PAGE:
Watershed on Indigenous rights needed in Victoria

Will Mooney

Chain Reaction #120, March 2013, www.foe.org.au/chain-reaction/editions/120

In February, the Victorian government launched the draft of a new water act at public forums across the state. This new legislation represents a once-in-a-generation opportunity to improve the management of Victoria's rivers and water resources. While public debates about water are often framed as a contest between the rights or irrigators and the needs of the environment, there is a crucial factor that this new draft legislation has all-but ignored: the water rights of Victoria's First Peoples.

Fresh water is vital to the continuity of Indigenous cultures in Australia, the driest inhabited continent on Earth. Victoria's rivers, floodplains, lakes and streams have provided vital economic and spiritual nourishment to diverse Aboriginal nations for at least 30,000 years. Water is the lifeblood of Country. Almost 30% of known Aboriginal cultural heritage places in Victoria exist within 100 metres of a waterway.[1] Traditionally, many Aboriginal people lived alongside waterways and harnessed water resources to develop permanent settlements and sophisticated social and economic systems, such as the elaborate eel farms established by the Gundijtmara people at Lake Condah, in Western Victoria.

Today, river-dependent ecosystems provide important food resources, medicinal plants and materials vital for ongoing cultural practices. Waterways connect communities to sacred sites and traditional knowledge. They also sustain totem species, the living, breathing heart of Aboriginal culture. Yet, over-extraction of water for consumptive use and the degradation of river habitats mean that many water-dependent values are in danger. Many Indigenous communities see their river country in a sad state of decline. As waterways suffer, environmental degradation erodes the rich heritage of some of the oldest surviving cultures on Earth.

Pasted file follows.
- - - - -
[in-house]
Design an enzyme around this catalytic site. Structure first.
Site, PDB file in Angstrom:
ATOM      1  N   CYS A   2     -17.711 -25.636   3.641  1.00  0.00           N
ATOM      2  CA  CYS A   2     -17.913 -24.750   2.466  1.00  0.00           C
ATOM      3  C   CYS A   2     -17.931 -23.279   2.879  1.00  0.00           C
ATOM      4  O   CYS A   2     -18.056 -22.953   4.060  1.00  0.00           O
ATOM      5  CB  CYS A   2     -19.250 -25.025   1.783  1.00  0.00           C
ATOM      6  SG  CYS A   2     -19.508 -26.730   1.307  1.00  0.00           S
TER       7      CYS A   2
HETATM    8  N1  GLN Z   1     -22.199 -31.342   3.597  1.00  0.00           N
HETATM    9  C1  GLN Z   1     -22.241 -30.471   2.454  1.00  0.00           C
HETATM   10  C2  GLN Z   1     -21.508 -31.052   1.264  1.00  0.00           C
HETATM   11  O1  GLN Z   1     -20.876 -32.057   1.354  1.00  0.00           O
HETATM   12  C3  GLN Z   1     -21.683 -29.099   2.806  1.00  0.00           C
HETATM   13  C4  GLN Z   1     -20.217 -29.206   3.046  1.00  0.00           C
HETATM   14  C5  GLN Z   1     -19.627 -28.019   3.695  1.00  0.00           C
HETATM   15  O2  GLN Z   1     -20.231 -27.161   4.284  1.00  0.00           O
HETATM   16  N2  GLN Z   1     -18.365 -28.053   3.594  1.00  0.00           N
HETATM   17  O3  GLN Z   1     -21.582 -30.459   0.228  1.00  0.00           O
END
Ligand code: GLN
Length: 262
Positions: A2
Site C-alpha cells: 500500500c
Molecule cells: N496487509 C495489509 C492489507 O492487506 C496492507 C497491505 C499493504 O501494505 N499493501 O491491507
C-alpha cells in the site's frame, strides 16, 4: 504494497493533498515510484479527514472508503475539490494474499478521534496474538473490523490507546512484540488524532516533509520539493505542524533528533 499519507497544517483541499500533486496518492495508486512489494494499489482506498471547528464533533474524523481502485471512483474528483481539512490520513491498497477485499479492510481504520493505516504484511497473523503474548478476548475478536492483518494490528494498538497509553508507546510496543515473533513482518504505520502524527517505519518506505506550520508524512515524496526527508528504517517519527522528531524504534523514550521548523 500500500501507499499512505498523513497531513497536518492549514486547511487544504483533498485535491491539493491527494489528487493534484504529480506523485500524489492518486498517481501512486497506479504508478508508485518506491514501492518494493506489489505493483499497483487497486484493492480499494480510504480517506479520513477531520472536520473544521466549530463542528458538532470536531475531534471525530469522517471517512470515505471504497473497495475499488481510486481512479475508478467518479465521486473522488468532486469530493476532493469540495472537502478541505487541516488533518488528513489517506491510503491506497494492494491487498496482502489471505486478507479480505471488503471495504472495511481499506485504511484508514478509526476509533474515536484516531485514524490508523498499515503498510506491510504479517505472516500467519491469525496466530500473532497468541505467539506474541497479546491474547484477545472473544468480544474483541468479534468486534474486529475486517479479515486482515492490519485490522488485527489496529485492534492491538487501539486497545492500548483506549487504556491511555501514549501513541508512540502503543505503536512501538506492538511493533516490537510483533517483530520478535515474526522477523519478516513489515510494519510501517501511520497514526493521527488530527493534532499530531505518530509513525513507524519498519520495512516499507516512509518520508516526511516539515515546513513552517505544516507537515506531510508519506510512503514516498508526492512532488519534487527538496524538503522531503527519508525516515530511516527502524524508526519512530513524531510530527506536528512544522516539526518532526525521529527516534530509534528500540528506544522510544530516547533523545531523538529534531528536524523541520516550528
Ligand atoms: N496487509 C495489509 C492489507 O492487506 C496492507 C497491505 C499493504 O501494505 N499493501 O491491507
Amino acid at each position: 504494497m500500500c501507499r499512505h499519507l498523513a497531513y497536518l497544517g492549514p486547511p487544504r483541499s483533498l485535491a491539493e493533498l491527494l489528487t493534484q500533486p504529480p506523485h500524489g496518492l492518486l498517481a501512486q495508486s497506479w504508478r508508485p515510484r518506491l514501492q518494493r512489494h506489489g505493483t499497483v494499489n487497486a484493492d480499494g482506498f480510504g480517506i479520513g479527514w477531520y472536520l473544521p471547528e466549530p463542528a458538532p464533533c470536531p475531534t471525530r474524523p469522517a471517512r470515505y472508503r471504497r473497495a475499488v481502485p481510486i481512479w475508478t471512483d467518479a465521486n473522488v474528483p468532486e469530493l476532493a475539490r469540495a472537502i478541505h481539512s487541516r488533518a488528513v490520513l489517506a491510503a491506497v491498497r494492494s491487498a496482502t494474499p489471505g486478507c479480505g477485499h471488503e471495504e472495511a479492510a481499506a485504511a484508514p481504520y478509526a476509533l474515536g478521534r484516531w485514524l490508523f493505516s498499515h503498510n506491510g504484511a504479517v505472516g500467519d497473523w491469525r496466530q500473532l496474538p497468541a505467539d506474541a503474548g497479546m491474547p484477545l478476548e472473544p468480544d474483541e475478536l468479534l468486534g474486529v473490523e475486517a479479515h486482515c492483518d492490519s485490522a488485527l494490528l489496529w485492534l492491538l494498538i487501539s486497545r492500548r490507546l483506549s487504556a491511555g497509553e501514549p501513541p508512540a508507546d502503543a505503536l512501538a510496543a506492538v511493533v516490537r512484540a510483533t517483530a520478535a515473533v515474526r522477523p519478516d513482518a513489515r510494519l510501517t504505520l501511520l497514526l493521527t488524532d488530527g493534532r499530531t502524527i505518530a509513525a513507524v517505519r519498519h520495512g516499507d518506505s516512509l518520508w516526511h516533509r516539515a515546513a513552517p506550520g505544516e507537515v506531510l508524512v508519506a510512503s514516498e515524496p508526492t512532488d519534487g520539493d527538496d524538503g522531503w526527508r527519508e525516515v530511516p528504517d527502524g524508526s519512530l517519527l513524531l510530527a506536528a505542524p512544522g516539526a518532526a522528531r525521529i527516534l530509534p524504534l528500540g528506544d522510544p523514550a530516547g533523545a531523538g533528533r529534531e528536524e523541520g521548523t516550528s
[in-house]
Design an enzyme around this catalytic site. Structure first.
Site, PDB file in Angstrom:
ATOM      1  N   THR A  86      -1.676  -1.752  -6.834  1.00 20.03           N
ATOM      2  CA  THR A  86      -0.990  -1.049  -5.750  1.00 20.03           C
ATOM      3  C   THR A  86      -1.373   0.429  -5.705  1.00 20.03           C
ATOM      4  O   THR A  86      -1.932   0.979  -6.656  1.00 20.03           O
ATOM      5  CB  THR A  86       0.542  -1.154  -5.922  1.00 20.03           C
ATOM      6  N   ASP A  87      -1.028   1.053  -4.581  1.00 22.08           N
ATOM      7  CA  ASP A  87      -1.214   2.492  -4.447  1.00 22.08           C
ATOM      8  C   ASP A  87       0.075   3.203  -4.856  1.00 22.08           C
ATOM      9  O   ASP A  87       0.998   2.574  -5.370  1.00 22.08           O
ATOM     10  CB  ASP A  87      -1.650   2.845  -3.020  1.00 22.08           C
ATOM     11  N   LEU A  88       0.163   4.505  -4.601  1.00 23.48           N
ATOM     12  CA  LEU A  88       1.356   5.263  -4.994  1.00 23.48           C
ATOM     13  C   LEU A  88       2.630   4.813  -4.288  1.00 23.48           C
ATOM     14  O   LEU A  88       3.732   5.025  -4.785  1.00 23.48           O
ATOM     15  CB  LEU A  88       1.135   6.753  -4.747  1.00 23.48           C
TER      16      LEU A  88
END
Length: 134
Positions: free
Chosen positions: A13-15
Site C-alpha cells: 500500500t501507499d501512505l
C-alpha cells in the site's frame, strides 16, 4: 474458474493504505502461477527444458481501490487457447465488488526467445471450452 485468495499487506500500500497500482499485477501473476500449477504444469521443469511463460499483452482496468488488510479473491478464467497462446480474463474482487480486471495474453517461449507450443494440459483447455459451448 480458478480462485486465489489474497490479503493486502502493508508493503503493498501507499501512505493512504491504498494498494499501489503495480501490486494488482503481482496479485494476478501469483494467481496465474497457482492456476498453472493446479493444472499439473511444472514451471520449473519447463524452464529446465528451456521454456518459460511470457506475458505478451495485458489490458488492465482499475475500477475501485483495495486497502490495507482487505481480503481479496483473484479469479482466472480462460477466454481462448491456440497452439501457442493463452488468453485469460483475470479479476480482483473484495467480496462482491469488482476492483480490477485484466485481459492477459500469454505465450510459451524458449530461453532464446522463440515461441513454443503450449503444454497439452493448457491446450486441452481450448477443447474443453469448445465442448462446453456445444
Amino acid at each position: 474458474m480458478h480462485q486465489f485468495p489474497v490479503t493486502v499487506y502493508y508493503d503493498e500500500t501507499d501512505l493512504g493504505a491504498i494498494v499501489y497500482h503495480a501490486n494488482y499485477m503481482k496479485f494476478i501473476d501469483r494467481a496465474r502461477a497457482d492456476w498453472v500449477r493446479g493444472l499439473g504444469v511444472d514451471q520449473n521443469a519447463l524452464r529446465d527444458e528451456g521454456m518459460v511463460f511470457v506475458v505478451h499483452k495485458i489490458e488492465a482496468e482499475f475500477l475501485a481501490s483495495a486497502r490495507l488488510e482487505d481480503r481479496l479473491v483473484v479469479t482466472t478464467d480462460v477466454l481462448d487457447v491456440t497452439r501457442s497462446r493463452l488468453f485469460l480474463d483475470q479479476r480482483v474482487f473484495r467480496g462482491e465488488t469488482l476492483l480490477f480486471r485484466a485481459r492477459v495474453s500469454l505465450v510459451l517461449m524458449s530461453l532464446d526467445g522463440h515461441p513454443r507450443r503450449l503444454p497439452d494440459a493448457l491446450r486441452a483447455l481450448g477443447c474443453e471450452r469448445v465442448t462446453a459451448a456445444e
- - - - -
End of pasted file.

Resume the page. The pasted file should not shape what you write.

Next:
Water resources are worth big bucks. The estimated gross value of the Victorian water market in 2011–12 was $519 million.[2] Aboriginal people have not benefited fairly from the extraction and commercialisation of this resource. Appropriation of land and water resources, discrimination and the forced removal of Indigenous people off country have resulted in serious, ongoing disadvantage. In the Murray Darling Basin, which includes large swathes of Northern Victoria, Indigenous people own less than 1% of water, despite comprising nearly 4% of the population.[3]

Indigenous people want to build enterprises and employment in their communities, but in many cases, they cannot compete with irrigators and agri-businesses to acquire water on the open market. Yet, with an annual growth rate of 5.8%,[4] Indigenous communities in Victoria are growing three times faster than the overall population.[5] This trend is playing out in rural areas across south-eastern Australia. Addressing past inequality and supporting sustainable livelihoods for Indigenous people is integral to the socioeconomic viability of rural Victoria.